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3 of 3 people found the following review helpful
5.0 out of 5 stars IMPRESSIVE!!!, February 16, 1999
This review is from: Unsound Methods (Audio CD)
Alan Wilder's departure from Depeche Mode is probably the best career move he has ever made. All the music is as dark and danceable as DM's, but on "Unsound Methods", Wilder lets loose all the creative energy he couldn't with DM. "Drifting" and "Stalker" are by far the strangest tracks (also the two singles), but the entire album pulsates with eclecticism and ecstasy that just sounds amazing. Wilder may not be Beethoven, but he comes in close. Fans of DM will enjoy it, but it stands out on its own.
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1 of 1 people found the following review helpful
5.0 out of 5 stars It's GREAT!!!!!! Crazy!!!! Impossible!!!!, November 19, 1998
By A Customer
This review is from: Unsound Methods (Audio CD)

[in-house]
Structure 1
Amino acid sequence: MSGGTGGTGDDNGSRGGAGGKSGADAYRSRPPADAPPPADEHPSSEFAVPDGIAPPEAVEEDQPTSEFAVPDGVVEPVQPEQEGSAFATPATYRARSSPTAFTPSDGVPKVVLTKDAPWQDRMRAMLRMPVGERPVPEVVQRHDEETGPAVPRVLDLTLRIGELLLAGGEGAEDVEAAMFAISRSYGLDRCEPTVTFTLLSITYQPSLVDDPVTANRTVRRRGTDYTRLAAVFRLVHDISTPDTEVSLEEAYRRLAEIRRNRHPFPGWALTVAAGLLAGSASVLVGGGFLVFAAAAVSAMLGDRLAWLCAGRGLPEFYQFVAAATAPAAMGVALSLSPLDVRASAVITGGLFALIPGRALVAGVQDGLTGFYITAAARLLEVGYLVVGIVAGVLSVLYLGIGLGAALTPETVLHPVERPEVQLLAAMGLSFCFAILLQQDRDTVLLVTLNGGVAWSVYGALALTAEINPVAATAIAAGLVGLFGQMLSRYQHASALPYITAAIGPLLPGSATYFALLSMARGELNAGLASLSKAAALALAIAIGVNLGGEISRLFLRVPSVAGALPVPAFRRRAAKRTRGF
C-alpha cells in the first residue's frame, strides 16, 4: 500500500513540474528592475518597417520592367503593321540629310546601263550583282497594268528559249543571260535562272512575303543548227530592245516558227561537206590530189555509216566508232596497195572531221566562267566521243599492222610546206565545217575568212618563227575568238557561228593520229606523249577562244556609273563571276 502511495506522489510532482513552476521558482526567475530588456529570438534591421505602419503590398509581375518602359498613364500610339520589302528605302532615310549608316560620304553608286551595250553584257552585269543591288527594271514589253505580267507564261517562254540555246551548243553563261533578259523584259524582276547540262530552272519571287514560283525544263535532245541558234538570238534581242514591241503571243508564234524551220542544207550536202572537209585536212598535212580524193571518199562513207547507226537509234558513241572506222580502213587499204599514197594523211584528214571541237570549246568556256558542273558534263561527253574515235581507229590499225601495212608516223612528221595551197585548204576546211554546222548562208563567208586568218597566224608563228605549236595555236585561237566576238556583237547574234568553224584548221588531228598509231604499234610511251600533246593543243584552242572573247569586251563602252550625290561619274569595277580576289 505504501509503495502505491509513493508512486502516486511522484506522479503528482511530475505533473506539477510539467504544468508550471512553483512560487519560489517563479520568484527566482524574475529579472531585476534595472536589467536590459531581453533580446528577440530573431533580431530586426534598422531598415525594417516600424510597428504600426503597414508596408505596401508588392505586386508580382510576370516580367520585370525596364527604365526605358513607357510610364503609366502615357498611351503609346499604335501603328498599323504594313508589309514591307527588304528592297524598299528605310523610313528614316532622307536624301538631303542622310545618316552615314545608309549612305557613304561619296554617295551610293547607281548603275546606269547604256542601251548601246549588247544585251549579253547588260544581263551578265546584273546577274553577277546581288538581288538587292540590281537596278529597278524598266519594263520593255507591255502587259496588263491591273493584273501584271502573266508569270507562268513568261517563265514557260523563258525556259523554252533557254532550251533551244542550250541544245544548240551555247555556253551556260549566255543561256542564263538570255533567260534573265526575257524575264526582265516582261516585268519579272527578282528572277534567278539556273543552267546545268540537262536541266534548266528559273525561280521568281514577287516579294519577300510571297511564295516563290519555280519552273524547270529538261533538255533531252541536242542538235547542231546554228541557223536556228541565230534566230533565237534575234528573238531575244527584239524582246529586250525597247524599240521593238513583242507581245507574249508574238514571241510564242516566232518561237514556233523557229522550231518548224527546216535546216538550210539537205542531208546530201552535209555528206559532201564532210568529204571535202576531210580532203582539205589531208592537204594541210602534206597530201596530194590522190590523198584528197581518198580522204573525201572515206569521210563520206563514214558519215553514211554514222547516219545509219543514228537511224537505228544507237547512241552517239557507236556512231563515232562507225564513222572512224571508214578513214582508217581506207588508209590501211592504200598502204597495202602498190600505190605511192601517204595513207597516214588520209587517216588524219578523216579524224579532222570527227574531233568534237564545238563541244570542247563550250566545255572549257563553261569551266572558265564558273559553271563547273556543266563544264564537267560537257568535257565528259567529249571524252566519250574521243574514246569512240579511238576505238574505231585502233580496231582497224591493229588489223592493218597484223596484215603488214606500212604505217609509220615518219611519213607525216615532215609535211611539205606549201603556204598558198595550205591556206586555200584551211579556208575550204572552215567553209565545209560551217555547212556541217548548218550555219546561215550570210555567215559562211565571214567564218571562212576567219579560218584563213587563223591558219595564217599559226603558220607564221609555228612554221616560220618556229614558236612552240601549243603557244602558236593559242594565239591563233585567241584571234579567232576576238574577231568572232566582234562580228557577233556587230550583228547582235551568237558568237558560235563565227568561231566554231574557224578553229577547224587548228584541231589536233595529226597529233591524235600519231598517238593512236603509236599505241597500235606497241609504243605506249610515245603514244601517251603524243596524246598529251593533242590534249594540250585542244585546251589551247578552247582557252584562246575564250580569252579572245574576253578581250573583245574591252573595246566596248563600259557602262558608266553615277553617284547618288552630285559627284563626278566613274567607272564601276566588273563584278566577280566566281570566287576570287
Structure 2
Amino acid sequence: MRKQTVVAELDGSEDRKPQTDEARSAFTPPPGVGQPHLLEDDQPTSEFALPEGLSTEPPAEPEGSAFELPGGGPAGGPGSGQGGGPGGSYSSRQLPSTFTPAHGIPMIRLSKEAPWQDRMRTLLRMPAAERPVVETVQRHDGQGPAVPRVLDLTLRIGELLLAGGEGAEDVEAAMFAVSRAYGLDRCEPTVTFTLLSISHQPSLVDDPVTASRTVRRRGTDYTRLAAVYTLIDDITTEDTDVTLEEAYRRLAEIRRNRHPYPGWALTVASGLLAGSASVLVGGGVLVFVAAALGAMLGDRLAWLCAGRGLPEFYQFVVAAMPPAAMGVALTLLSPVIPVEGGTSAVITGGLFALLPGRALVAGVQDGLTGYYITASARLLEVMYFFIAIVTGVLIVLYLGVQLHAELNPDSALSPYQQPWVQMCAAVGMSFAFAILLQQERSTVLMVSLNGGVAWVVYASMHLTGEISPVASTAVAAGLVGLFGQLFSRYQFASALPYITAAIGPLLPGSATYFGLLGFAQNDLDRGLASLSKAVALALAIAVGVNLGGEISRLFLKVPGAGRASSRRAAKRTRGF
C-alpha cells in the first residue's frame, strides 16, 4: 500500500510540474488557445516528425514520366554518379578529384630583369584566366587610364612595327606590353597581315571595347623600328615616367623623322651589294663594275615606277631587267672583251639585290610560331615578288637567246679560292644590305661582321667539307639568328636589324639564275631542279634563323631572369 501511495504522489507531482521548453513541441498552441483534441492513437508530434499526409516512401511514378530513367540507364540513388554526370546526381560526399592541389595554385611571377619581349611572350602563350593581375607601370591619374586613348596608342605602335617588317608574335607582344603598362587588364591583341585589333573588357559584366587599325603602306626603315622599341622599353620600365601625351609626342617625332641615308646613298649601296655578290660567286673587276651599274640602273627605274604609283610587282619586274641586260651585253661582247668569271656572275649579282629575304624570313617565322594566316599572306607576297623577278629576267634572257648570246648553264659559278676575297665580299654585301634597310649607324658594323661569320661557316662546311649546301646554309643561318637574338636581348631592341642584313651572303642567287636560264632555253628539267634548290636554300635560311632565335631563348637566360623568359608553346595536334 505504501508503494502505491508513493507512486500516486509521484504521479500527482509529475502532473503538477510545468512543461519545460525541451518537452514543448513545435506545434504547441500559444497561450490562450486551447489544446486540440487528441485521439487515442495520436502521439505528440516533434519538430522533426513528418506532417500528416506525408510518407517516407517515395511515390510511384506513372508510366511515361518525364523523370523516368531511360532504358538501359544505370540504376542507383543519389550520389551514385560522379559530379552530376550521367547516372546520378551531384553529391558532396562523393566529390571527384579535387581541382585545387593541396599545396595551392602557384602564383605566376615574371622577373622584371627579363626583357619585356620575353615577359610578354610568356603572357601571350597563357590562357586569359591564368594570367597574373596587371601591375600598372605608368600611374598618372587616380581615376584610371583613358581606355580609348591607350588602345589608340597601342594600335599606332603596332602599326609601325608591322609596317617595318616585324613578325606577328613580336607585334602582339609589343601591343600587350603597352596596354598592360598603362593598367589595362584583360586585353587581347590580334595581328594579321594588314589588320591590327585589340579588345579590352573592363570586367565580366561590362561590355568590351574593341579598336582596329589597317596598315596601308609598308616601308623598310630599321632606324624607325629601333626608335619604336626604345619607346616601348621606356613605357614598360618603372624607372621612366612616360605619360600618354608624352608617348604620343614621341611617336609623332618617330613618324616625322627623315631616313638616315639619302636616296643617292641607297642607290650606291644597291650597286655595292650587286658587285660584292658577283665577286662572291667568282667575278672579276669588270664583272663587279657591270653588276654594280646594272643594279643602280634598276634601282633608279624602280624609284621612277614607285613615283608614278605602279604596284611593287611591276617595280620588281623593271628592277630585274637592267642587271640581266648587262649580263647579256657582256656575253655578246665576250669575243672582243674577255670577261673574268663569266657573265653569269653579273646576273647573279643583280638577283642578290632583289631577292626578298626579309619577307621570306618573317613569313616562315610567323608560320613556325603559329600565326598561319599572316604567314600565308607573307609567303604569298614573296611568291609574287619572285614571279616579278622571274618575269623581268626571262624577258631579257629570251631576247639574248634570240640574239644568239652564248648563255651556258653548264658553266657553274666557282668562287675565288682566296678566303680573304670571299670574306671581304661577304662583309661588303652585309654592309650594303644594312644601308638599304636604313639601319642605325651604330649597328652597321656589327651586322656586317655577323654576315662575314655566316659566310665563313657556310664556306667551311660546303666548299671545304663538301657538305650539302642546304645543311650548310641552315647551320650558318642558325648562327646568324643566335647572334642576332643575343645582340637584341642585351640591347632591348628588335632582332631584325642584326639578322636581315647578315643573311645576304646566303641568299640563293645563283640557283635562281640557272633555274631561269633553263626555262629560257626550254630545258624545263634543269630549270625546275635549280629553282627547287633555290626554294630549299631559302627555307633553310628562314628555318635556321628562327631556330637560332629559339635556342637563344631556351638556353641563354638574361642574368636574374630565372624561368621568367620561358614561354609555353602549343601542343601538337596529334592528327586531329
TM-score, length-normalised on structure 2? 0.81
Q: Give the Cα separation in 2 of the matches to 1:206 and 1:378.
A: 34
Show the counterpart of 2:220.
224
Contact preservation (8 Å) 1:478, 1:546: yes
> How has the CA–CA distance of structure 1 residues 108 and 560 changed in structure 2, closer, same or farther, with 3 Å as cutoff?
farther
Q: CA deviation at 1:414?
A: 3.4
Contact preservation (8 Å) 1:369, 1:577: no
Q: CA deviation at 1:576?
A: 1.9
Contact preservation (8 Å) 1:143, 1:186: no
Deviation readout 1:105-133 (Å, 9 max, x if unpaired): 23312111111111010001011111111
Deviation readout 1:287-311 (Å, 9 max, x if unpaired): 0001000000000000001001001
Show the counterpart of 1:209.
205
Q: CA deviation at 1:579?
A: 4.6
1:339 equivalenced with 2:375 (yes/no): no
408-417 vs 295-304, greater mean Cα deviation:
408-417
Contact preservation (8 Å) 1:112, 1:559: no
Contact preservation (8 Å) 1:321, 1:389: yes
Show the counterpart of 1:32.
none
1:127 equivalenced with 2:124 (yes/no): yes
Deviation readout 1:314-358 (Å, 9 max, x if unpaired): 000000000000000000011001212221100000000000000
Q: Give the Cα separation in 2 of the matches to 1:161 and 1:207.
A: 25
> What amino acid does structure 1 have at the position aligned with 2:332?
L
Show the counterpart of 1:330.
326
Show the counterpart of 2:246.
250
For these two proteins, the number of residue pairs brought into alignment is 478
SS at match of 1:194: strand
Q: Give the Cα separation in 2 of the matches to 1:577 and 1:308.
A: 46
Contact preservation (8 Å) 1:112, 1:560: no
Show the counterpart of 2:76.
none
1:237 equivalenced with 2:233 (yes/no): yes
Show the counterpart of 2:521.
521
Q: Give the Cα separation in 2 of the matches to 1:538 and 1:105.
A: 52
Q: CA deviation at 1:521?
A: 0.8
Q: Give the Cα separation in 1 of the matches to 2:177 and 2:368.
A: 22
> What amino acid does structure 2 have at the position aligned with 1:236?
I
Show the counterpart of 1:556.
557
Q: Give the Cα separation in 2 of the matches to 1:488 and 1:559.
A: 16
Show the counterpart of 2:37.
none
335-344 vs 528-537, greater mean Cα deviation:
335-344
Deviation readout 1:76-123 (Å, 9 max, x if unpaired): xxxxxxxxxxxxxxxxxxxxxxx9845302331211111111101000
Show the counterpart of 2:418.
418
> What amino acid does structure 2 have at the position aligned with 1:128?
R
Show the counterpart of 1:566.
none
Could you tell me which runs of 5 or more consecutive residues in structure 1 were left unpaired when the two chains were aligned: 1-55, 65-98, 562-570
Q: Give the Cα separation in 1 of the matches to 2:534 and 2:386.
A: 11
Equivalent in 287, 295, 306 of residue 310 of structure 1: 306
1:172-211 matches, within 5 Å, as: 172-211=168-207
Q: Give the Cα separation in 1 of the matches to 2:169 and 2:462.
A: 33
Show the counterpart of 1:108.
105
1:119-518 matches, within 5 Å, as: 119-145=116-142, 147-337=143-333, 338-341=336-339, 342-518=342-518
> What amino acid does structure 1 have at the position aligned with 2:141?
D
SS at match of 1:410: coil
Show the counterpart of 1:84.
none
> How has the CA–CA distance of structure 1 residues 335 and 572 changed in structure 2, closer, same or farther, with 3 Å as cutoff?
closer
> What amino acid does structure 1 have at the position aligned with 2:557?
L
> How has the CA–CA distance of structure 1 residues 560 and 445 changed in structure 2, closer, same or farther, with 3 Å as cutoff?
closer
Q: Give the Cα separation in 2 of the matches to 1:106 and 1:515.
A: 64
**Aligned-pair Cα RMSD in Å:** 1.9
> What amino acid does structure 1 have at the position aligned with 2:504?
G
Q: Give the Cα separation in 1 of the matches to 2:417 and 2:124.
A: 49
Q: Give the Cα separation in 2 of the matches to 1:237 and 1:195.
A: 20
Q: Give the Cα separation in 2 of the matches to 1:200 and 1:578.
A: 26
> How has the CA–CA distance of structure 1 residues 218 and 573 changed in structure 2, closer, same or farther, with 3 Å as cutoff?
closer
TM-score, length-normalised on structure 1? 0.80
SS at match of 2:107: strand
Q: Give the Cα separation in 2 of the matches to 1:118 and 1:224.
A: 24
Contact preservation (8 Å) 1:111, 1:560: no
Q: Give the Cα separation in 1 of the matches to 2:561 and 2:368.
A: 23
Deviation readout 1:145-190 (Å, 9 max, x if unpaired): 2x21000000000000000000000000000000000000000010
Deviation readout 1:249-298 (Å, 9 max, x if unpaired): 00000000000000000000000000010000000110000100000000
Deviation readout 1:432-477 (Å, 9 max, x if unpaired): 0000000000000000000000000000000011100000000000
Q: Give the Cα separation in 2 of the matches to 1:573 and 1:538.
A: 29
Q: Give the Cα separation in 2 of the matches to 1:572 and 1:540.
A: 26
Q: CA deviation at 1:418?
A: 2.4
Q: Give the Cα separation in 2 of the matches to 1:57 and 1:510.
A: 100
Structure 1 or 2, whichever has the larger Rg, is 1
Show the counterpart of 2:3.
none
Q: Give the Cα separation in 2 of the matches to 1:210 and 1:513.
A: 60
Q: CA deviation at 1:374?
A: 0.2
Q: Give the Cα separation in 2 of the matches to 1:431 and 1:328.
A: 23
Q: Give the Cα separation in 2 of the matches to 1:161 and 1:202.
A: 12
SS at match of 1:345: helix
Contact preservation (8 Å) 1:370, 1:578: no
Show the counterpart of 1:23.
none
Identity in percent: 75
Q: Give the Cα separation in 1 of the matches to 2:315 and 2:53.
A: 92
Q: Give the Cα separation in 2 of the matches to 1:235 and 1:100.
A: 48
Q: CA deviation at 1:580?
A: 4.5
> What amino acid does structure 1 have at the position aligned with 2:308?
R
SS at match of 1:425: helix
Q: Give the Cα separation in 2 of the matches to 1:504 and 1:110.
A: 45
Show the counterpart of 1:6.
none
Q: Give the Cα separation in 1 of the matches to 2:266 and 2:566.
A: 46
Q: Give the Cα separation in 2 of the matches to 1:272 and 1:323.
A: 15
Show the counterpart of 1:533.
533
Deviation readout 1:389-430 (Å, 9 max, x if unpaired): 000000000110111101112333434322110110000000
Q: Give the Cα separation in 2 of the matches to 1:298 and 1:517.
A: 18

What can I say ? It's one of the greatest Cd's I've ever bought . Impossible combination of many electronic styles . It's kinda slow but during first half it keeps you overstrained and during second half you loosing yourself . It takes you all . I bet you've never heard smth like it . When i heard it first time i didn't understand whats it . And didn't like most tracks . But second listening gave me so much pleasure .... Heres great soundworks , magic voices , magic music . Best thing for relaxation and loosing yourself somewhere in your minds . Dark minds ...
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1 of 1 people found the following review helpful
5.0 out of 5 stars Great Album!, March 5, 2009
Verified Purchase(What's this?)
This review is from: Unsound Methods (Audio CD)
This album is a must-have for any Depeche Mode fan, considering all the speculation over Alan Wilder's importance during his tenure with the group. Unsound Methods is living proof that Martin Gore wasn't the only genius behind the success of DM as it shows just how talented Alan really is. If I'm not mistaken, each and every track off this album runs at least five minutes long, and every blessed one of them is a pure delight for any electronic fan. Although the vocalists on this album could not be more removed from each other as stated in one of the professional reviews that I read, their diversity merely adds to its merits. Overall, I'm very glad I purchased this album as it is a great listen and shows a totally new side to Alan Wilder.